The latest developments can be found on the IASB’s website at www.ifrs.org/Current-Projects/IASB-Projects/Leases/Documents/Leases-Proj...

Hong Kong uses tax breaks to attract treasury centres

The Hong Kong government is offering tax incentives to encourage multinational and mainland Chinese enterprises to set up regional corporate treasury centres in the Hong Kong Special Administrative Region of the People’s Republic of China.

Delivering his 2015-16 Budget, financial secretary John Tsang said that the government would amend the Inland Revenue Ordinance to allow, under specified conditions, interest deductions under profits tax for corporate treasury centres. Profits tax for specified treasury activities would also be reduced by 50%.

 The development of Hong Kong as a regional corporate treasury centre hub would help to deepen our capital markets, including the offshore renminbi market 

A fact sheet from the Hong Kong Monetary Authority (HKMA), which is responsible for maintaining monetary and banking stability in the region, said that the changes were necessary because, in certain circumstances, interest expenses paid by a Hong Kong corporate treasury centre on borrowing from associates outside Hong Kong may not be deductible.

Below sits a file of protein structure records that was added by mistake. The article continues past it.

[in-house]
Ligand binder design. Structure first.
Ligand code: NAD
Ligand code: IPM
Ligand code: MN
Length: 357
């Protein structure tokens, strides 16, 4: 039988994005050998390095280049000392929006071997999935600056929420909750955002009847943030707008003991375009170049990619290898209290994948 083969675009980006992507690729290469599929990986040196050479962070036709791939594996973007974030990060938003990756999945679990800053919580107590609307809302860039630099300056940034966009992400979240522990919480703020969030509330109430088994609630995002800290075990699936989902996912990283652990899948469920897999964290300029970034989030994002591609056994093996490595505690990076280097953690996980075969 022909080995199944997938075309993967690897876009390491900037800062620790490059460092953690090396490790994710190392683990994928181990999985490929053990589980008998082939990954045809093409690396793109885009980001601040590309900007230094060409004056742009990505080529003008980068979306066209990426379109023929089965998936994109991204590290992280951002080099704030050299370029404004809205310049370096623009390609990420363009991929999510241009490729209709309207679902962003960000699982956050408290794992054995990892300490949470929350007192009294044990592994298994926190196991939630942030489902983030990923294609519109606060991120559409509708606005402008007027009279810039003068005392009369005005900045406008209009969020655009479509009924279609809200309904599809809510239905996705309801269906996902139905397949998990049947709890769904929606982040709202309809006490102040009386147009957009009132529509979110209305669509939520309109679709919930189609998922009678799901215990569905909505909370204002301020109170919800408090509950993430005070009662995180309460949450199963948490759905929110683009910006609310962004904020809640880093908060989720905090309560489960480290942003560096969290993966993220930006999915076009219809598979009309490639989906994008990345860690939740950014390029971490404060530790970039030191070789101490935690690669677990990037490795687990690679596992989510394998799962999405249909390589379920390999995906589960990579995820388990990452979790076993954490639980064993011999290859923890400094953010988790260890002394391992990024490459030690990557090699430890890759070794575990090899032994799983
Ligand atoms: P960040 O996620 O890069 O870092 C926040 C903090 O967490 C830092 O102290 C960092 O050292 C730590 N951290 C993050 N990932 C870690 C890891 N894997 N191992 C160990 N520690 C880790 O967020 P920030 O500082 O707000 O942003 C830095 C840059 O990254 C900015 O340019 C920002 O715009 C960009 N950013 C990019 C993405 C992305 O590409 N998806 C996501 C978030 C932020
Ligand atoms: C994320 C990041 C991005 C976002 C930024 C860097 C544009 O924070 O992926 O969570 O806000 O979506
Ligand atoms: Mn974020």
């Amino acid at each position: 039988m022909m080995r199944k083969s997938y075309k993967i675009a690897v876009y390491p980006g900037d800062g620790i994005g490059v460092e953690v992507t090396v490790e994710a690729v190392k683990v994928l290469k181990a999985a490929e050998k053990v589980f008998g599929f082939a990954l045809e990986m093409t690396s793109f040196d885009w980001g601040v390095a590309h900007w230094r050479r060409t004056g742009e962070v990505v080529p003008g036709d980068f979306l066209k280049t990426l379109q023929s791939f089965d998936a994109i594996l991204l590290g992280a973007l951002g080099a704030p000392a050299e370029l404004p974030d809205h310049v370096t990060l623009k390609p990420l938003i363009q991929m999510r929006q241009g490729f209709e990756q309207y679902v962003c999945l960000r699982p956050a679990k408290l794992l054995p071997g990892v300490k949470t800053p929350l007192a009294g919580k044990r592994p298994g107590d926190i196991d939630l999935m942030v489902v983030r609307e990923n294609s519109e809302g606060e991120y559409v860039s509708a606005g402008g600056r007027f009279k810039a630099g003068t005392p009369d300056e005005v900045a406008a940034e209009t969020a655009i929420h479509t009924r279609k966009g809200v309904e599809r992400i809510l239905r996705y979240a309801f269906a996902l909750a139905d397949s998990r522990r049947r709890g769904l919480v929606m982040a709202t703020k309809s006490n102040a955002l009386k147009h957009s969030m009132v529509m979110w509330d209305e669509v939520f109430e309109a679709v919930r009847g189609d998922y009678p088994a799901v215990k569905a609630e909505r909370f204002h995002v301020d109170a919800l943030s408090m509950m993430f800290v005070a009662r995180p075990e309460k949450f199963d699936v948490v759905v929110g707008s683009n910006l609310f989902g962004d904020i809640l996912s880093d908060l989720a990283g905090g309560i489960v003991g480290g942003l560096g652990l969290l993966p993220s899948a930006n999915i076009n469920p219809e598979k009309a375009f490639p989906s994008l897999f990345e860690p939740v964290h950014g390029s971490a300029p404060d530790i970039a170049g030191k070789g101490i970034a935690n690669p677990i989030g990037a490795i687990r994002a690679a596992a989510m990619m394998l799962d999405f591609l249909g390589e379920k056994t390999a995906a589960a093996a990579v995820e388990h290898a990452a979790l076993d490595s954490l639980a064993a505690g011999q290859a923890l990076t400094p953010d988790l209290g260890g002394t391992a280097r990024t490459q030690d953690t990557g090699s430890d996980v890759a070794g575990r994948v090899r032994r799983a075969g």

On the other hand, interest income received by a Hong Kong corporate treasury centre would generally be subject to profits tax, “resulting in a relatively less favourable taxation environment to conduct corporate treasury activities”.

The move positions Hong Kong as a strong rival to other locations such as Singapore in terms of being a base for regional treasury hubs. “The development of Hong Kong as a regional corporate treasury centre hub would benefit the financial and business sectors, and help to deepen our capital markets, including the offshore renminbi market,” HKMA said.

Corporate treasury centres are effectively in-house banks that facilitate intragroup borrowing and lending of money; cash and liquidity management; intragroup payments; processing of payments to vendors or suppliers; capital raising; and risk management.
For more information, see the HKMA fact sheet at http://tinyurl.com/jwmqnry

Managing the unmanageable

In December 2011, the ACT, together with Deloitte, published the briefing note Euro Contingency Planning. See www.treasurers.org/contingencyplanning/euro

At that time, the break-up of the euro, or a unilateral secession by one country, seemed a real possibility. As we all know, however, it didn’t happen. Three years later, and the issue has once again been splashed across the tabloids. International creditors have extended Greece’s second bailout for four months, but what happens after that is anyone’s guess.